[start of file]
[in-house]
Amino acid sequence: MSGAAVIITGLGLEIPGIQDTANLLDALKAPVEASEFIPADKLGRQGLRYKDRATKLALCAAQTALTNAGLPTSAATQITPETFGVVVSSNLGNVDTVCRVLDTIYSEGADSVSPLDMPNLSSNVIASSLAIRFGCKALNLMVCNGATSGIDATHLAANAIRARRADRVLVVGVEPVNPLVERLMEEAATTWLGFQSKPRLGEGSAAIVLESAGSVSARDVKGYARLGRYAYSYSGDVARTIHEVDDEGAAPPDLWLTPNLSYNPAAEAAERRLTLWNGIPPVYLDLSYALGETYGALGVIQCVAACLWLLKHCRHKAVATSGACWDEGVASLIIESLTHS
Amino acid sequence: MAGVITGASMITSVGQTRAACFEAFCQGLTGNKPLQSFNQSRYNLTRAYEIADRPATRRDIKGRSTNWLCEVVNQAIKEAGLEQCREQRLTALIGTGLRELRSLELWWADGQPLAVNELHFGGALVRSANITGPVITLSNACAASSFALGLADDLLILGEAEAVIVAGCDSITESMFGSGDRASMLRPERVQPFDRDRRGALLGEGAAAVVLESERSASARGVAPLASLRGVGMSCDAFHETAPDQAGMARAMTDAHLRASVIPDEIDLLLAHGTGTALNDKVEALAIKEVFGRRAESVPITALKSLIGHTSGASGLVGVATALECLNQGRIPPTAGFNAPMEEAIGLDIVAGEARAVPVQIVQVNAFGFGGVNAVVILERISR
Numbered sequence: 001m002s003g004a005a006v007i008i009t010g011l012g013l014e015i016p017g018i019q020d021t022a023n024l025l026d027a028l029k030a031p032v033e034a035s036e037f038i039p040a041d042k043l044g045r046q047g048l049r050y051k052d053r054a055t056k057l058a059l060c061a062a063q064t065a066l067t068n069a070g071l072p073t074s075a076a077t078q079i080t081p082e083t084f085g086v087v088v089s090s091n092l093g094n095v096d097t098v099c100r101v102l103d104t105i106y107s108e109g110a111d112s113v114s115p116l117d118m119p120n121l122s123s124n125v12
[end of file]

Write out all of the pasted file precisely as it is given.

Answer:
[in-house]
Amino acid sequence: MSGAAVIITGLGLEIPGIQDTANLLDALKAPVEASEFIPADKLGRQGLRYKDRATKLALCAAQTALTNAGLPTSAATQITPETFGVVVSSNLGNVDTVCRVLDTIYSEGADSVSPLDMPNLSSNVIASSLAIRFGCKALNLMVCNGATSGIDATHLAANAIRARRADRVLVVGVEPVNPLVERLMEEAATTWLGFQSKPRLGEGSAAIVLESAGSVSARDVKGYARLGRYAYSYSGDVARTIHEVDDEGAAPPDLWLTPNLSYNPAAEAAERRLTLWNGIPPVYLDLSYALGETYGALGVIQCVAACLWLLKHCRHKAVATSGACWDEGVASLIIESLTHS
Amino acid sequence: MAGVITGASMITSVGQTRAACFEAFCQGLTGNKPLQSFNQSRYNLTRAYEIADRPATRRDIKGRSTNWLCEVVNQAIKEAGLEQCREQRLTALIGTGLRELRSLELWWADGQPLAVNELHFGGALVRSANITGPVITLSNACAASSFALGLADDLLILGEAEAVIVAGCDSITESMFGSGDRASMLRPERVQPFDRDRRGALLGEGAAAVVLESERSASARGVAPLASLRGVGMSCDAFHETAPDQAGMARAMTDAHLRASVIPDEIDLLLAHGTGTALNDKVEALAIKEVFGRRAESVPITALKSLIGHTSGASGLVGVATALECLNQGRIPPTAGFNAPMEEAIGLDIVAGEARAVPVQIVQVNAFGFGGVNAVVILERISR
Numbered sequence: 001m002s003g004a005a006v007i008i009t010g011l012g013l014e015i016p017g018i019q020d021t022a023n024l025l026d027a028l029k030a031p032v033e034a035s036e037f038i039p040a041d042k043l044g045r046q047g048l049r050y051k052d053r054a055t056k057l058a059l060c061a062a063q064t065a066l067t068n069a070g071l072p073t074s075a076a077t078q079i080t081p082e083t084f085g086v087v088v089s090s091n092l093g094n095v096d097t098v099c100r101v102l103d104t105i106y107s108e109g110a111d112s113v114s115p116l117d118m119p120n121l122s123s124n125v12